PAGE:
Nov. 28, 2007
'Critical Zone' of Boulder Creek Watershed to be Studied by CU-Boulder Researchers
A team of researchers led by the University of Colorado at Boulder has received a $4.25 million grant from the National Science Foundation to study the Boulder Creek watershed's "critical zone," which is made up of layers of soil and weathered rock.
Awarded to CU-Boulder's Institute of Arctic and Alpine Research, the grant will allow the researchers to gain a better understanding of the critical zone, which is significant because it supports terrestrial life, according to Assistant Professor Suzanne Anderson of INSTAAR, the principal investigator on the NSF grant.
Understanding more about the critical zone, such as what controls the depth of soil and how it affects the flow of water, can be extremely valuable on several fronts, according to Anderson.
"One issue we have along the Front Range is convective storms that dump water on the landscape and can produce catastrophic flash floods," she said. "One thing we'll be looking at is how different watersheds within Boulder Creek respond to rainstorms, and ultimately which ones are more likely to produce flash floods."
CU-Boulder will coordinate with the U.S. Geological Survey, Stanford University, Technical University of Munich and Williams College in Williamstown, Mass., on the five-year project.
The CU-Boulder researchers will focus on different areas within Boulder Creek's 400-square-mile watershed beginning at its headwaters near the Continental Divide down to the Front Range plains. Much of the project is designed to understand how weathering and erosion processes control the structure of the critical zone. They also will test how the critical zone's structure impacts the hydrological, geochemical and biological functions of the landscape.
The large drop in elevation within the Boulder Creek watershed -- about 8,500 feet -- provides an important contrast in climate and ecological regimes, presenting an ideal contrast in erosion processes, according to Anderson. Glaciers carved the headwaters of Boulder Creek, while the river carved Boulder Canyon and shaped the lower reaches.
"We're focused on understanding how the critical zone develops and evolves, and this area will be an ideal spot to do this," she said.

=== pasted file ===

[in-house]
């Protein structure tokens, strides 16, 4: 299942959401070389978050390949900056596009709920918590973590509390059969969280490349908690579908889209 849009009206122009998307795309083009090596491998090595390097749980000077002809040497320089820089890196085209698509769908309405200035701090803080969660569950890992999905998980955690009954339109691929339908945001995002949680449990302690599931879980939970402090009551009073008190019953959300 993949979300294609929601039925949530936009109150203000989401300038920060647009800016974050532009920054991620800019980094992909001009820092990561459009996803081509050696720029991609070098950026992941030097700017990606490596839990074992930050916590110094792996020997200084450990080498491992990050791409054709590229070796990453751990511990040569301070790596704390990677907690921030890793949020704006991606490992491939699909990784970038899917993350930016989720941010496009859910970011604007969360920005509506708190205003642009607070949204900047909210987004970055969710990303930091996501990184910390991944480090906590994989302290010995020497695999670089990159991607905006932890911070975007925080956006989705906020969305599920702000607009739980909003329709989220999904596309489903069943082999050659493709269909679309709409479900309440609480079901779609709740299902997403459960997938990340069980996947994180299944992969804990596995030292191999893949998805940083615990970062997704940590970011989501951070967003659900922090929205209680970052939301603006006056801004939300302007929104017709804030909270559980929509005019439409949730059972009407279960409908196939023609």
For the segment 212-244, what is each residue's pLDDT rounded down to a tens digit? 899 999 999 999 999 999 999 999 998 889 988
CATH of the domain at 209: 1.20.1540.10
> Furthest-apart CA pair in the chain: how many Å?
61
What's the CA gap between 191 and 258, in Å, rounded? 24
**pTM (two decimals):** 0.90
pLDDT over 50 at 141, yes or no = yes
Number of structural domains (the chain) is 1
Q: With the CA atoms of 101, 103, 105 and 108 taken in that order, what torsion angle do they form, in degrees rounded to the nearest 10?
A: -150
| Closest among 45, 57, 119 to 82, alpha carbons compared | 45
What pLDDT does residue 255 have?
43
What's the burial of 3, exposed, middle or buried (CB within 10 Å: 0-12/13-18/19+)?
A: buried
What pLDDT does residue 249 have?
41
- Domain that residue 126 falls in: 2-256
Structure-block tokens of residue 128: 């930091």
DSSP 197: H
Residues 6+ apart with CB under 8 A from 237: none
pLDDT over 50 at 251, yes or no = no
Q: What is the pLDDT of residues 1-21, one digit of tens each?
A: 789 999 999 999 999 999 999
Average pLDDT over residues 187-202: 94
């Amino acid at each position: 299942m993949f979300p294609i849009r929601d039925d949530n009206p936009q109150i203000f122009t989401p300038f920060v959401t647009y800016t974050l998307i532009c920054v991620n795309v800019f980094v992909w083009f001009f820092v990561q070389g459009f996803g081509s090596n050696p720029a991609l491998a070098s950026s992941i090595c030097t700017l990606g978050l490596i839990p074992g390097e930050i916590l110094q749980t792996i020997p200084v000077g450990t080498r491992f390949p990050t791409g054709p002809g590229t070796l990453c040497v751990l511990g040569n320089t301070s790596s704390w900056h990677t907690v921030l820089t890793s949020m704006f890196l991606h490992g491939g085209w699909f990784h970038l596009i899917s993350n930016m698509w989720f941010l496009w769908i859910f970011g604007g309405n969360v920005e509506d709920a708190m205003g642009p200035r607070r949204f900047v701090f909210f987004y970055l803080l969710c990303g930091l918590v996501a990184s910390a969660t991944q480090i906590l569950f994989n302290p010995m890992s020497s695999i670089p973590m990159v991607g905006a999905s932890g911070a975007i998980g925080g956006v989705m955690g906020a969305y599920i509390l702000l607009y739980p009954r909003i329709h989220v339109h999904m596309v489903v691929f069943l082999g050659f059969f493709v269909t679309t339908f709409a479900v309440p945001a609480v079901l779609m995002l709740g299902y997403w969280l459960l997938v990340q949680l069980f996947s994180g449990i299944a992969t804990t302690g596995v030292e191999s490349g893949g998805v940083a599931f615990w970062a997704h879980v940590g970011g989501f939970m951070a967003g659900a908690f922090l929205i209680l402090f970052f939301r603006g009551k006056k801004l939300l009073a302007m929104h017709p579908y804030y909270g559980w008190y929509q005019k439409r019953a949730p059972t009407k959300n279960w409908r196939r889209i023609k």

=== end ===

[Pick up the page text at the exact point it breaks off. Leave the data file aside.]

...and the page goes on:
CU-Boulder received one of only three grants given by NSF to establish critical zone observatories. Pennsylvania State University and the University of California, Merced also will build critical zone observatories in their regions.
While soil and the processes of soil creation have been studied extensively, the critical zone needs to be studied more, according to Anderson, because it is the region that supports life on the Earth's surface.
"When you think about it, this is where soils form, and soils are the basis of the terrestrial ecosystem, so it's important to understand how the critical zone functions," she said.
"It's also the region where water is cycled through. This is the region that both purifies and filters our water, if we're extracting water from groundwater or a stream," she said. "It may also be the source of contaminants, so we want to understand how contaminants are moving through the system."
The grant includes support for education and outreach projects, including developing a graduate-level critical zone course and research opportunities for undergraduate students. The researchers will partner with the Science Discovery program at CU-Boulder to offer classroom and field programs for fifth graders and summer field courses for middle school students.
"When you ask the question of how we go from hard rock up to soil that can support life, that's a system we really need to understand," Anderson said.
Contact: Suzanne Anderson, (303) 492-7071